Reliable news sources are attempting to keep up with the turn towards social media for news by creating online platforms and a presence that attempts to lure audiences into “following” their publication. Sites such as Buzzfeed have dominated the social media sphere, by gaining traction through the means of “clickbait” to appeal to users on social media. Clickbait is the use of shock value in headlines to get users to click on the link on social media and further read the article. The scientific journal of Pragmatics states that; when tested upon college students, the deceiving titles of news articles did not bother the readers “as long as the reference is used in a way considered creative and riveting to the reader” (Blom 2015). This allows news sources to compete for interest within the sphere of participatory culture, but at what cost?
New York Times author Amanda Hess describes clickbait as “grotesque screenshot(s) and gender stereotype(s) that manages to override our thinking brains and reduce us to pure click monsters” (Hess 2017). This notion of the pure click monster is descriptive of what internet users are diminished to in the era of the prosumer. When content is so readily available and is published by a prosumer and able to be accessed by one, it is simple for users to get lost in false stories and useless rhetoric, instead of working towards building intellect and creating positive social change. Distraction in the world of the prosumer runs rampant and is aided by the news sites that it resides in. Media scholar Hess, states that “Sites welcome the easy revenue boost. According to the data analysis firm Datanyze, Taboola and Outbrain are the oldest and biggest services in the business” (Hess 2017).
Although news sites are lobbying for follows and gaining a large portion of readers that are gathered from social media, it is not only from clickbait producing sites, that news is mass consumed, but largely derives from the people you ‘friend’ and ‘follow’.These social media ‘friends’ create non reliable news that is passed off as true, as other users don’t question the authorship of the sources that they have already allowed into their media realms. This adds to the creation of the dangerous dimension of fake news. Stanford University released a report in 2016 examining how students consume news through social media. The report focused around Twitter and showed tweets to students in test groups, with carefully crafted political bias. The students did not recognize “political bias” nor did they “question authorship” when asked if the fake tweets were credible. (Stanford 2016).
This explains the spread of fake news on Twitter as dangerous, due to the sites’ participatory culture that goes unmonitored. Users are able to post whatever they want within the span of 140 characters, which is just enough for news statements, headlines and opinions to be shared. Scholar Sismonda, urges for a spread of media literacy to differentiate political bias and facts in media. “Twitter has made no significant efforts to deter abuse, the platform has stabilized as a site that would be illegal in most places”. (Sismondo 2017). Sismondo’s critique of Twitter is an excellent example of why unmonitored prosumer behaviour leads to dangerous information distribution.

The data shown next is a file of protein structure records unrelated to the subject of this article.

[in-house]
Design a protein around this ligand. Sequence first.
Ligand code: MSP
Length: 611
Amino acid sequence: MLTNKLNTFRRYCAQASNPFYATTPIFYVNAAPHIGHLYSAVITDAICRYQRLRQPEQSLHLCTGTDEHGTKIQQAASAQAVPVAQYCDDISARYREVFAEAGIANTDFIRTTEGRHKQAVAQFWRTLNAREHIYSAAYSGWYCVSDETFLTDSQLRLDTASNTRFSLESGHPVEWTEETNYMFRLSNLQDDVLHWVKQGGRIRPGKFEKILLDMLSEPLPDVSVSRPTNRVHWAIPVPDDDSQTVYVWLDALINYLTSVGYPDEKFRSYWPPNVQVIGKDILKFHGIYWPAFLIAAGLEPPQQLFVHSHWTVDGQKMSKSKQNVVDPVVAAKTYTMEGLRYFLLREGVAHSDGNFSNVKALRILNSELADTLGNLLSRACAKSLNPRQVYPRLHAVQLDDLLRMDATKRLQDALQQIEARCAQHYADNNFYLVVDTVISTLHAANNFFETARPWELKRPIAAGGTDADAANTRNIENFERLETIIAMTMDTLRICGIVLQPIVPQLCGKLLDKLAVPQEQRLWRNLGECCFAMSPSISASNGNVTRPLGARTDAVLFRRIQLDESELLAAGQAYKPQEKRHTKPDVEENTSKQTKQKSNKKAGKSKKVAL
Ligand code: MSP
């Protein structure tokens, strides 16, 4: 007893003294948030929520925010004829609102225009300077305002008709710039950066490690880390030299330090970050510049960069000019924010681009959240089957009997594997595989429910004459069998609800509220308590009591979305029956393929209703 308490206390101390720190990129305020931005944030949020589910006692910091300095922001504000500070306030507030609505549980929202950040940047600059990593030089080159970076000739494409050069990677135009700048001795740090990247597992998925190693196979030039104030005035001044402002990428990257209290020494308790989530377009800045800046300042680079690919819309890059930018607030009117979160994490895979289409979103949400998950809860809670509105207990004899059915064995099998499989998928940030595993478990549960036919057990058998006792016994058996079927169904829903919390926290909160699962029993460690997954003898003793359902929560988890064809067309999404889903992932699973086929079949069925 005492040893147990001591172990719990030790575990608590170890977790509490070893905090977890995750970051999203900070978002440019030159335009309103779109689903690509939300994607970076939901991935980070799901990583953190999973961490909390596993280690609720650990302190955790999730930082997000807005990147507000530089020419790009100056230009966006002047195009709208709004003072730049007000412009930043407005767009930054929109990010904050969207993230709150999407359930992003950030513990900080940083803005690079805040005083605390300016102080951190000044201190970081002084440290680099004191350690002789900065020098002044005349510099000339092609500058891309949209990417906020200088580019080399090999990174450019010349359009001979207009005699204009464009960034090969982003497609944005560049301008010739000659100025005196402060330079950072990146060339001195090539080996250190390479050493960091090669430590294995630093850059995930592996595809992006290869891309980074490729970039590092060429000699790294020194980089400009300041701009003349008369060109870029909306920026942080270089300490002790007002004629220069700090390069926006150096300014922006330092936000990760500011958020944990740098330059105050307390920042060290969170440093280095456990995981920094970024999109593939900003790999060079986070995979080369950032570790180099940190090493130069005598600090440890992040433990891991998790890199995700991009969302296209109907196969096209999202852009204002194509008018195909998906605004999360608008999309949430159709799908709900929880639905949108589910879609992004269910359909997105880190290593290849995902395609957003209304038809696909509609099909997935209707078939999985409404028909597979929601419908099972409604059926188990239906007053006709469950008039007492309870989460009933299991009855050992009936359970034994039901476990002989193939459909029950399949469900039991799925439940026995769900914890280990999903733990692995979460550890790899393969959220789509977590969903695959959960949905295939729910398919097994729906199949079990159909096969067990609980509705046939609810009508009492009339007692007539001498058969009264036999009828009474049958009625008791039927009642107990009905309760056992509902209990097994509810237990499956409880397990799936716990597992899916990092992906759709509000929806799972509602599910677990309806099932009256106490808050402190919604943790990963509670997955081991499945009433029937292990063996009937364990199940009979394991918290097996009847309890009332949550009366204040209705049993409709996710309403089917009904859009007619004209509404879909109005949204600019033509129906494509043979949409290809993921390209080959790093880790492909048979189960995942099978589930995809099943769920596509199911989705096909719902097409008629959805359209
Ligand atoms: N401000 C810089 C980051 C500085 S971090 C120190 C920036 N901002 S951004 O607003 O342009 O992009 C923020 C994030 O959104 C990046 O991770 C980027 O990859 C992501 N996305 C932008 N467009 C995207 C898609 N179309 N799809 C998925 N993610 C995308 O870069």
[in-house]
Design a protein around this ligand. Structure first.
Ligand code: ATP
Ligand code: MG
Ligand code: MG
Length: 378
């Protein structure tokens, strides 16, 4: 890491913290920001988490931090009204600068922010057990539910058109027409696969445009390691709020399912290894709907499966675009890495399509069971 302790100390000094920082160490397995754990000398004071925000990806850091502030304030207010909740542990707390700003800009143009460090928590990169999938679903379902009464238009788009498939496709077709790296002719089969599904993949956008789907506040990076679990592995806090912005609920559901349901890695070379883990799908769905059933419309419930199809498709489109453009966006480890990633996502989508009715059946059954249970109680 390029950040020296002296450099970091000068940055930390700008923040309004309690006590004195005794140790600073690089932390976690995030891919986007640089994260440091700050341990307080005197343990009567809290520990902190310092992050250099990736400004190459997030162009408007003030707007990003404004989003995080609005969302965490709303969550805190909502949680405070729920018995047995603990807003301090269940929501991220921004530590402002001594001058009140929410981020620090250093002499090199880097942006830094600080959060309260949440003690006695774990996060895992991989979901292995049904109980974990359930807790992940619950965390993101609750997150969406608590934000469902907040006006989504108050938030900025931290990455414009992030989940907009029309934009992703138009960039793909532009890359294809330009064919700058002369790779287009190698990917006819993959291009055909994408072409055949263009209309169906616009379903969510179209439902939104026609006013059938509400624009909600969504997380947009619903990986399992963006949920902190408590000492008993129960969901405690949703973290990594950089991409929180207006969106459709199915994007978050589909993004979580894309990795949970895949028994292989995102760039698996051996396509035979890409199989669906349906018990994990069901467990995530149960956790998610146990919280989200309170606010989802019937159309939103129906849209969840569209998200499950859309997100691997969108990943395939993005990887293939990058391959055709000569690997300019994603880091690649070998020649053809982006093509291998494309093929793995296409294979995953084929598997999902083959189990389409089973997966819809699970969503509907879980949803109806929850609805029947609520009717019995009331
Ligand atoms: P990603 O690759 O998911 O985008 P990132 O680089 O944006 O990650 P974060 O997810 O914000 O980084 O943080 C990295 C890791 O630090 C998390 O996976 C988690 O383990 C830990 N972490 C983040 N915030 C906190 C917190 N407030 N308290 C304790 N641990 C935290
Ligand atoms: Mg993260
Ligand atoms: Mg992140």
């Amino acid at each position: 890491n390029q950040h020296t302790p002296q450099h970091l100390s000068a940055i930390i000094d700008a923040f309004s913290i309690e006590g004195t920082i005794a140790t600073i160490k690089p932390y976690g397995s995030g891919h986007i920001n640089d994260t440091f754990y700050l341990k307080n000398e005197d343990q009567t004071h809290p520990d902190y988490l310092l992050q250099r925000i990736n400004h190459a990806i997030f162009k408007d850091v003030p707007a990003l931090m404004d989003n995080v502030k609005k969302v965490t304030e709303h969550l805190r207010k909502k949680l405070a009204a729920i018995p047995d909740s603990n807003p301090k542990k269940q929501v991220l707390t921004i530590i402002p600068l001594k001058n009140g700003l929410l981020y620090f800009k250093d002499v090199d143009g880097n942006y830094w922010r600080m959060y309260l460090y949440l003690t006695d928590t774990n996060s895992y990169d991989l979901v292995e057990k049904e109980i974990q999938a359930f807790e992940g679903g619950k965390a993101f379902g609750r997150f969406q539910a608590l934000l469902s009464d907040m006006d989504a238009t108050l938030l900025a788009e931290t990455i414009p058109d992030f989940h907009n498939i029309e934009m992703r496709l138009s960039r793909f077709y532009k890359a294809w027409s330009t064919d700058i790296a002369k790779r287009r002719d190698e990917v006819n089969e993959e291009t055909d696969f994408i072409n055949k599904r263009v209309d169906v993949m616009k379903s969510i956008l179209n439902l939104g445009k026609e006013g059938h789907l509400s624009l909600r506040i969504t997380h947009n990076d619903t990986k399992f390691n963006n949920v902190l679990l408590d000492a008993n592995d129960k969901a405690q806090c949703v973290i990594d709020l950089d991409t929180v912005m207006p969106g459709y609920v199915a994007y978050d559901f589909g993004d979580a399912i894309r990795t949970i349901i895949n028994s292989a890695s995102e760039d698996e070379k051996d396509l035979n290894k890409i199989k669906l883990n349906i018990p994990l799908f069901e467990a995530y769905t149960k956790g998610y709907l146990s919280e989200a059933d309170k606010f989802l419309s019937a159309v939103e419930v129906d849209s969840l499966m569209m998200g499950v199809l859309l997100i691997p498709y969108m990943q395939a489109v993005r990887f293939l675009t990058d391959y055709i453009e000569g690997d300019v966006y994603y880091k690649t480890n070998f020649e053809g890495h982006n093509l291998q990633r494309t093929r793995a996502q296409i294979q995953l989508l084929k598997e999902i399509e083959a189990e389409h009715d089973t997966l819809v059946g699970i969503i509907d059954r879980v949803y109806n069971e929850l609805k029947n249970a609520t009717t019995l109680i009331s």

This lack of authorship contemplation combined with the turn towards user abused social media for information, and reliable news sources being forced to utilize clickbait to compete with the endless stream of information but in turn only adding to this needless distraction, defines the problems with the prosumer society within web 2.0. What was once reliable turns to be unreliable and what was never reliable is thought of as truth. These statements of how participatory culture within social media has ruined news, differs greatly from the picture of prosumer culture painted by Neistat’s success of using web 2.0 as a source of money, creativity and influence.
A further divergence from Neistat’s story is the notion of a collective identity that derives from the prominent media and contains highly negative aspects as this collective identity can be thought of as, not only the popular, but the only truth, blocking out differing voices and means of other content. Collective identity from online presences is defined by IGI Global Disseminated Knowledge as an “Individual’s cognitive, moral and emotional connection with a broader community that may form part of a personal identity” (IGI 2016). The creation of a collective identity in media can be created through the same voice and stories dominating news feeds and media spheres.
These highlighted stories can be seen both in Neistat’s Youtube videos, that dominate the vlogging sphere, and within viral movement videos, such as the 2008 phenomenon “It Get’s Better”. The viral videos feature gay, male based individuals filming themselves and holding up cards with a story of depression and a message of survival asking viewers who are feeling the same as them to know that “it will get better”. While videos like this seem to portray prosumer culture in a positive light, the criticism of these videos highlight the problem with prosumer content becoming overwhelmingly popular in terms of its effects on creating a collective identity and in turn silencing other stories.
Gender and media scholar, Gal, studied and critiqued this video phenomenon. According to Gal’s critique, the majority of videos showcased a dominantly male speaker, with only “16% featuring solely women” (Gal 2015). The videos also feature mainly white males under the age of 20. The videos follow the same format as the original phenomenon creator, using similar content and music and subscribing to the same morals, in the creation of a collective identity. Gal states that the videos “follow the general tendency of privileged populations being overrepresented online” (Gal 2015) as each video is representative of the original creators version of the video. The creation of a collective identity ignores differing voices and does not allow for the ideas within the curation of this identity to be altered in anyway. A means of copying, that leads to a complacent conformity.